Where there's a place for everything (ok, maybe not EVERYTHING, but close to everything at least).

Tech & World News, Computer Stuff, Martial Arts, Sports, Music, etc. in one single place.

Welcome to the discussion hall in Expert Technology Storehouse! The name says it all. We are a storehouse storing everything from computer stuff and knowledge (expert, BTW...), to tech & world news, martial arts, sports, music...and someday useful software as well. Want to join? We welcome new members, especially experts at stuff!

Similar topics

Latest topics

» Compatibility Sword
Tue Mar 13, 2012 6:17 pm by Coolname007

» Adcted mu online
Mon May 09, 2011 1:15 am by Guest

» The Introduction Thread
Fri Apr 01, 2011 8:36 pm by Coolname007

» Count to one million!
Sat Mar 19, 2011 12:22 pm by Coolname007

» Funny Guy!
Wed Mar 02, 2011 11:25 pm by Coolname007

» China says police killed 12 in Urumqi rioting
Sun Feb 27, 2011 6:14 pm by fvwizard

» Arieth Mu Online
Fri Feb 18, 2011 2:46 pm by Coolname007

» MAW - Make A Website
Mon Feb 07, 2011 8:12 am by Coolname007

» AVACS LIVE CHAT free chat software for mobiles and computer
Tue Jan 25, 2011 2:19 pm by Coolname007


    Gibson CEO: Les Paul was 'a visionary'

    Share
    avatar
    Coolname007
    ETS Director
    ETS Director

    Posts : 629
    Join date : 2009-07-15
    Location : Half-way between nowhere and somewhere

    Gibson CEO: Les Paul was 'a visionary'

    Post by Coolname007 on Fri Aug 14, 2009 3:21 am

    http://www.cnn.com/2009/SHOWBIZ/Music/08/13/gibson.les.paul/index.html?eref=rss_topstories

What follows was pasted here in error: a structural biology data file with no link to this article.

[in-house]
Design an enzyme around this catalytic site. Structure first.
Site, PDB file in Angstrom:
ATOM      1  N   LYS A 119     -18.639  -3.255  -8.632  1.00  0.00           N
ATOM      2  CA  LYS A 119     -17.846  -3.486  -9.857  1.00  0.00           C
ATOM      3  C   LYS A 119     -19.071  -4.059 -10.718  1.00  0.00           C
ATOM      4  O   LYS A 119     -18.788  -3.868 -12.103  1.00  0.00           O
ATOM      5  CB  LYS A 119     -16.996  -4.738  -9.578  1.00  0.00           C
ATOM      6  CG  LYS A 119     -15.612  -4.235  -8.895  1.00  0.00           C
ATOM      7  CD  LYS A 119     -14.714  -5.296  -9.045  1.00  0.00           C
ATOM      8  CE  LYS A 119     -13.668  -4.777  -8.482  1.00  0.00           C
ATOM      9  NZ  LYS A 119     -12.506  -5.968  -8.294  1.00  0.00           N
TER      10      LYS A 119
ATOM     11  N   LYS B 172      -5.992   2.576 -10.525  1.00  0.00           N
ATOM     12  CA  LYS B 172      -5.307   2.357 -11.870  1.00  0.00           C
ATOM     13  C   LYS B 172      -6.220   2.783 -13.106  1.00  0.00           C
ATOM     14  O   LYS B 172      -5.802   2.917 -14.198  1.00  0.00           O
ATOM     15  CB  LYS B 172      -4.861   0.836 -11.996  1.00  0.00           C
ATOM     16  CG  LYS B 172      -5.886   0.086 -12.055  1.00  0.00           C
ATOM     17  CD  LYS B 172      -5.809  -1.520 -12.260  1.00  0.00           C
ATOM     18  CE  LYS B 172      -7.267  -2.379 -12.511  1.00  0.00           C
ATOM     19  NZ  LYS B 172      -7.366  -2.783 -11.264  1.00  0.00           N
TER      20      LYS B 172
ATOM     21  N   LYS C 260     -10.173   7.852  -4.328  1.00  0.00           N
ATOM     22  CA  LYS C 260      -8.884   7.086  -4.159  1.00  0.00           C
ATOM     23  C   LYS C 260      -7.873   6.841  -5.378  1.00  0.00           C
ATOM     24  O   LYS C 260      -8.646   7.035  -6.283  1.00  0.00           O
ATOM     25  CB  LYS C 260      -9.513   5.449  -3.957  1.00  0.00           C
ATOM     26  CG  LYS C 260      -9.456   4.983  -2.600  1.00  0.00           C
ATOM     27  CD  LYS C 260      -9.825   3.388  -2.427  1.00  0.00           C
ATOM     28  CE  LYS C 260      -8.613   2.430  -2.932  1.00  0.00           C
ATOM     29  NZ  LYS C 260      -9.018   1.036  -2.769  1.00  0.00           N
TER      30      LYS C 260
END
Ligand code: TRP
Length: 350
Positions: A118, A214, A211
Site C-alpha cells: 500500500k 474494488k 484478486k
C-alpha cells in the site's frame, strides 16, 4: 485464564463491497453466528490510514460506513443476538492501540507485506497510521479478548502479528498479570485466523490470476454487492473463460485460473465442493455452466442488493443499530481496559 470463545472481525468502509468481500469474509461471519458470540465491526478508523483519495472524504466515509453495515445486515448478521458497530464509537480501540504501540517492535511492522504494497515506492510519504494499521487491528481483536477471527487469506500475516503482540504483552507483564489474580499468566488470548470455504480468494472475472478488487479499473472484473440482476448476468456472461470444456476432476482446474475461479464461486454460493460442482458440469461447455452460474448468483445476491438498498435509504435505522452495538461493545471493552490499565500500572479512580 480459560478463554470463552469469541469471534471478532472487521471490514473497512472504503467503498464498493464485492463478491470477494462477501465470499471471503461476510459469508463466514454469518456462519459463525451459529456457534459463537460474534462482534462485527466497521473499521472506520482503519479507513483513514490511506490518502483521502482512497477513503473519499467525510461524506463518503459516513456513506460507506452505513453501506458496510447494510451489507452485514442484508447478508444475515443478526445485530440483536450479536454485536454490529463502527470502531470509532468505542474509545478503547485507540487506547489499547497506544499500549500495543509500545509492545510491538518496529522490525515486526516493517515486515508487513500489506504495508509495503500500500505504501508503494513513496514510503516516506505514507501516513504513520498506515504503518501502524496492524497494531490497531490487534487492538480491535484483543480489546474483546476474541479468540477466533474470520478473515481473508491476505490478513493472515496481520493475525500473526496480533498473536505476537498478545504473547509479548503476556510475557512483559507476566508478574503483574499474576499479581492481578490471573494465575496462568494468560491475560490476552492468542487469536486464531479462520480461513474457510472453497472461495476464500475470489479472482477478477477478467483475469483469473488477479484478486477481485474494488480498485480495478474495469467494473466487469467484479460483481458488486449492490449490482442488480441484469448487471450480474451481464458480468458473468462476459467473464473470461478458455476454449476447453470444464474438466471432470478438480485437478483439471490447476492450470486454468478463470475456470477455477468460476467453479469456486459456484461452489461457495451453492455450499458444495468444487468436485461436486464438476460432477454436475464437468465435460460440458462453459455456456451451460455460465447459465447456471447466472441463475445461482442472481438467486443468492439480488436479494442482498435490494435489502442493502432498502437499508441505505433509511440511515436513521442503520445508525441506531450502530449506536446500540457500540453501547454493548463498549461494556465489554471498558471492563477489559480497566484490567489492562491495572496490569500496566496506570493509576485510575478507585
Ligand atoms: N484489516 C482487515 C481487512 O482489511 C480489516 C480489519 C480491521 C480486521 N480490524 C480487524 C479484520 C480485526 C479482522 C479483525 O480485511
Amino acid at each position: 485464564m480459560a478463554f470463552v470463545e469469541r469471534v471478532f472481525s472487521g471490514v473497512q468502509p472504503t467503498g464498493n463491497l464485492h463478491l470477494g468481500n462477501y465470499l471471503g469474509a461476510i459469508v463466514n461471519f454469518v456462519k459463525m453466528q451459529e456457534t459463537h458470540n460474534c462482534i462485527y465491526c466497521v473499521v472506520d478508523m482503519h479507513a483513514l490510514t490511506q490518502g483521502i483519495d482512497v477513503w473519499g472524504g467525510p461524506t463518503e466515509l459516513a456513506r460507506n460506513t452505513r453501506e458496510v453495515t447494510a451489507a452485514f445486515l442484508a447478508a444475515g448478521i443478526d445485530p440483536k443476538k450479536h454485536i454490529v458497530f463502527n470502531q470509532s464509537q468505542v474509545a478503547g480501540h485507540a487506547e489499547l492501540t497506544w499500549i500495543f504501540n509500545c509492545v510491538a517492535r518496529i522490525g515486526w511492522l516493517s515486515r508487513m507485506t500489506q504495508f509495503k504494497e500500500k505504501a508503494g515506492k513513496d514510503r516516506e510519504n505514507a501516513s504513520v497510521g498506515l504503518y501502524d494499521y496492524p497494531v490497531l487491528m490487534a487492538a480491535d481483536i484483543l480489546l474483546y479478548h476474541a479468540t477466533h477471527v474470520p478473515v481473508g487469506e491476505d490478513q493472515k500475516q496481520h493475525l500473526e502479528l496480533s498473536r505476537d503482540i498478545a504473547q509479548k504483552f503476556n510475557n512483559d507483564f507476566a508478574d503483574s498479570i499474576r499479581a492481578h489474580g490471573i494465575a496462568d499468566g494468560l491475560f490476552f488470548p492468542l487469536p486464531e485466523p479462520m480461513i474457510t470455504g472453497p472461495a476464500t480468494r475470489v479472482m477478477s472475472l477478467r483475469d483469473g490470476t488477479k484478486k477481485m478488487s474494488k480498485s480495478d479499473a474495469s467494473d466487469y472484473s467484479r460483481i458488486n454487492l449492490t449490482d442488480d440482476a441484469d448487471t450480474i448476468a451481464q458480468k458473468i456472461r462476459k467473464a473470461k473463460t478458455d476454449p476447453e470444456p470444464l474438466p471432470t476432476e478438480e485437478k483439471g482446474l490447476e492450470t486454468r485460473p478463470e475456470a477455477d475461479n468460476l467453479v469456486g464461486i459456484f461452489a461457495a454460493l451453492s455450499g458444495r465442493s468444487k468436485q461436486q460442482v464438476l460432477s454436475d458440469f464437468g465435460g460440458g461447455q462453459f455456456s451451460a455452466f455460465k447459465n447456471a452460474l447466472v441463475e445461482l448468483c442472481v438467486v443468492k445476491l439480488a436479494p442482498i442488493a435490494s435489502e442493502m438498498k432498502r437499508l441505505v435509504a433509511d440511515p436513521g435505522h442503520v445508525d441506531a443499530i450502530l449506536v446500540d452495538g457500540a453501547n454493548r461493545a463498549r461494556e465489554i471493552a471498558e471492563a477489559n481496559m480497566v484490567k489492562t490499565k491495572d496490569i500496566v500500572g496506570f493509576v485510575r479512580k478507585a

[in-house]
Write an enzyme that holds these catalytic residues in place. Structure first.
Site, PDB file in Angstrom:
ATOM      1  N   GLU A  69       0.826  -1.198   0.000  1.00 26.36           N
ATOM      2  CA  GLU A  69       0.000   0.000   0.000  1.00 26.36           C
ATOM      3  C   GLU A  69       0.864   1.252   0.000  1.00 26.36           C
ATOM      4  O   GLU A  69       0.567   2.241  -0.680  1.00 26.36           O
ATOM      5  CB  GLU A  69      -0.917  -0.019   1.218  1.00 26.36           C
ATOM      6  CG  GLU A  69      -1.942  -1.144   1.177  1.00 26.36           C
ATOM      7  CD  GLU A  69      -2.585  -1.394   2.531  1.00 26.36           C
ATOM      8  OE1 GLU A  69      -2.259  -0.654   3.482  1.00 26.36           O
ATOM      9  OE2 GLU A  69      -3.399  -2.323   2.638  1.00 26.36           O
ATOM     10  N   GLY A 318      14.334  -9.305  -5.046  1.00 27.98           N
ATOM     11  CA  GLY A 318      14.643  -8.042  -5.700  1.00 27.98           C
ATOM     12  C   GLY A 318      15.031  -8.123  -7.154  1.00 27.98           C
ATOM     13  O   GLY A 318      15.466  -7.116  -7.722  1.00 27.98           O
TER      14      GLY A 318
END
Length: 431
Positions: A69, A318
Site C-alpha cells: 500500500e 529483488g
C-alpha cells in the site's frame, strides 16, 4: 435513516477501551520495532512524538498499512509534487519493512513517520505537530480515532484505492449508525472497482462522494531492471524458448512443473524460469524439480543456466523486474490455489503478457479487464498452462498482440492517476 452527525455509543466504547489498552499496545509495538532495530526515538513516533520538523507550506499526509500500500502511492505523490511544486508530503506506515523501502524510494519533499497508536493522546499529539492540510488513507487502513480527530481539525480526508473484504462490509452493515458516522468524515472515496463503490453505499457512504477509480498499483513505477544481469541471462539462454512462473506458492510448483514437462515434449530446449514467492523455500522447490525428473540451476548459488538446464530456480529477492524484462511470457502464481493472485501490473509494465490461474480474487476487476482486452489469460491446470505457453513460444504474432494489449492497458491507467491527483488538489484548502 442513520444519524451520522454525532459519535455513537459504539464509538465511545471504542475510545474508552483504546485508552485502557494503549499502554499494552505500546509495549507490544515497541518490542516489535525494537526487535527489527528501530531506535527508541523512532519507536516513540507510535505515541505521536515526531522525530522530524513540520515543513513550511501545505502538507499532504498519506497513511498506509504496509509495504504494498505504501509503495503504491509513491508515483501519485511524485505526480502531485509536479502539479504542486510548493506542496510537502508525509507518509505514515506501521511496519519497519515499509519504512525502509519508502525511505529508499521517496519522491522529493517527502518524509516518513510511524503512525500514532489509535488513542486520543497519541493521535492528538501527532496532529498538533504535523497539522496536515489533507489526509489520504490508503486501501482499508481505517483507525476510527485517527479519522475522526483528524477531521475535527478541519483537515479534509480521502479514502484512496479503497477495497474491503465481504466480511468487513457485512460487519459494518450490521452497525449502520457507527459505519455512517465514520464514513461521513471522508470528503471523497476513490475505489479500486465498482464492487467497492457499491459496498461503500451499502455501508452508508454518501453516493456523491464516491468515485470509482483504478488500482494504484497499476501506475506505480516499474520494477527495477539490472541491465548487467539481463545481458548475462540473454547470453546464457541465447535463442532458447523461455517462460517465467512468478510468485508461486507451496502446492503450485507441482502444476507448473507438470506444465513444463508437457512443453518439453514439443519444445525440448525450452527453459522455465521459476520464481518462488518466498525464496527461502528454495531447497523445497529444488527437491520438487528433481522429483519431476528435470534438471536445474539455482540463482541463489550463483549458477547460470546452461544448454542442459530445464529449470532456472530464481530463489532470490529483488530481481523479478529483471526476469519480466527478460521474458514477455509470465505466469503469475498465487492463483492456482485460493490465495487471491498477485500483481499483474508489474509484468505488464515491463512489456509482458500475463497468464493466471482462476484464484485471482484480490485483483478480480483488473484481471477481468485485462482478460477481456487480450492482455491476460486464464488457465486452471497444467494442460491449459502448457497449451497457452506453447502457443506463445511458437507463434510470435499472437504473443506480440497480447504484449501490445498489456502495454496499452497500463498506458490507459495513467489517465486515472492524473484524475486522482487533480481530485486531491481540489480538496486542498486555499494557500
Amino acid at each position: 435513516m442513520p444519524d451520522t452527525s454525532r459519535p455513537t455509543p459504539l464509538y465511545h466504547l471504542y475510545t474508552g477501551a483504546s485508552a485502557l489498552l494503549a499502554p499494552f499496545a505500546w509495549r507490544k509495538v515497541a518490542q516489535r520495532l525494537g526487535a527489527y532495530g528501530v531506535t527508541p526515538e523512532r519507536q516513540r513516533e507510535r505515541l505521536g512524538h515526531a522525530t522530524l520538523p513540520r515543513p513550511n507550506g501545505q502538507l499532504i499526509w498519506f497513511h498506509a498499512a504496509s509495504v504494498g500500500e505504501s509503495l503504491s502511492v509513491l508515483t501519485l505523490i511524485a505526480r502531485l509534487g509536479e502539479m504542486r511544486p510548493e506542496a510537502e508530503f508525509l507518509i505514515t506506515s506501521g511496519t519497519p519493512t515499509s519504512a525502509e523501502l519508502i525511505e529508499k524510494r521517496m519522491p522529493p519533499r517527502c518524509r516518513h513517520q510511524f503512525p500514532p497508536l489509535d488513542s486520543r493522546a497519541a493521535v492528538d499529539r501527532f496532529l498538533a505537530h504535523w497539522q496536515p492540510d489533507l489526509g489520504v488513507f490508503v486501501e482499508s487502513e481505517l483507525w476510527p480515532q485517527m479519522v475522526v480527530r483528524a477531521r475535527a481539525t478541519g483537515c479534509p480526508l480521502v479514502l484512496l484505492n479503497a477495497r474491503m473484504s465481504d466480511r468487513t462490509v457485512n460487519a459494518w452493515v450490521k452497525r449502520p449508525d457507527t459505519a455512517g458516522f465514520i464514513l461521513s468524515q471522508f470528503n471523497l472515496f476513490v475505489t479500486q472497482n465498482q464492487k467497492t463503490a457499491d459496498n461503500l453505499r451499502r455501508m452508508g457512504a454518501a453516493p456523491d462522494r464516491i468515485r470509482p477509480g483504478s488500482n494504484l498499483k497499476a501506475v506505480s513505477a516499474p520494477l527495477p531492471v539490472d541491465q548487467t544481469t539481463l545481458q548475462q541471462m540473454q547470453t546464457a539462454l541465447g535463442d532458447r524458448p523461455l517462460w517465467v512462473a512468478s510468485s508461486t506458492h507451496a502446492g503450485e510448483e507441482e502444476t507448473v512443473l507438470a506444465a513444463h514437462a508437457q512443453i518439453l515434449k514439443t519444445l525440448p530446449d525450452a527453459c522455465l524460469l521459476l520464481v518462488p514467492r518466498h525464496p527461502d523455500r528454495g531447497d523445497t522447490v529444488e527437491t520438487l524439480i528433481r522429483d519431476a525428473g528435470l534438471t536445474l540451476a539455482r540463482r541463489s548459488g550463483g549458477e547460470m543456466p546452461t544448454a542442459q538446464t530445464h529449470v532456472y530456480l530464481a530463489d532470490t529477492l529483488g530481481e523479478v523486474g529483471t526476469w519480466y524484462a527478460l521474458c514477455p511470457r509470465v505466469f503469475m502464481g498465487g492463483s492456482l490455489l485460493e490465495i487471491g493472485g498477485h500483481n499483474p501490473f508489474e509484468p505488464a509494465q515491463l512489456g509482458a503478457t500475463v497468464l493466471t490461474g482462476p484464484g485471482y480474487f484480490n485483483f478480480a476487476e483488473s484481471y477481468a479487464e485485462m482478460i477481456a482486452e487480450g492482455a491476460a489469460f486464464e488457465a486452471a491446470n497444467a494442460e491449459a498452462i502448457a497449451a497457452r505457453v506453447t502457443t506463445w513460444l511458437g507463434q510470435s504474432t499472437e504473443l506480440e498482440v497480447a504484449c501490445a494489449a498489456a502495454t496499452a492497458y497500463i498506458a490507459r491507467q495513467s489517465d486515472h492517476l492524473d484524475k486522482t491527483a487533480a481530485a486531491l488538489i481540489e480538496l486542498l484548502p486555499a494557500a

(CNN) -- Les Paul never stopped tinkering, said Henry Juszkiewicz.

    Juszkiewicz, the chairman and CEO of Gibson Guitars, remembers getting calls from his company's partner (and famed client), offering recommendations on how to change or market his eponymous Gibson guitars.

    Sometimes, Juszkiewicz recalls, the two would go out for Chinese food. Paul was very particular, desiring a dish called Chicken Subgum. The two would have to search Chinatown for a restaurant that knew how to cook it, he says with a chuckle.

    Les Paul died Thursday of pneumonia. He was 94.

    Juszkiewicz talked about his friend and colleague Thursday afternoon. The following is an edited version of the interview. Video Watch how Les Paul helped invent modern music »

    CNN: Tell me about working with Les Paul.

    Henry Juszkiewicz: I've been with Gibson about 25 years and known Les pretty much through that entire period. ... Les was a very kind person. He was a visionary.

    In the early days, Gibson was doing very poorly as a company, and I got involved essentially to turn the company around. ... We had many, many conversations about the guitar business and what to do. ... A lot of the things we talked about and implemented were very successful.

    CNN: What was distinctive about the Gibson Les Paul when it came out, and what remains distinctive about it?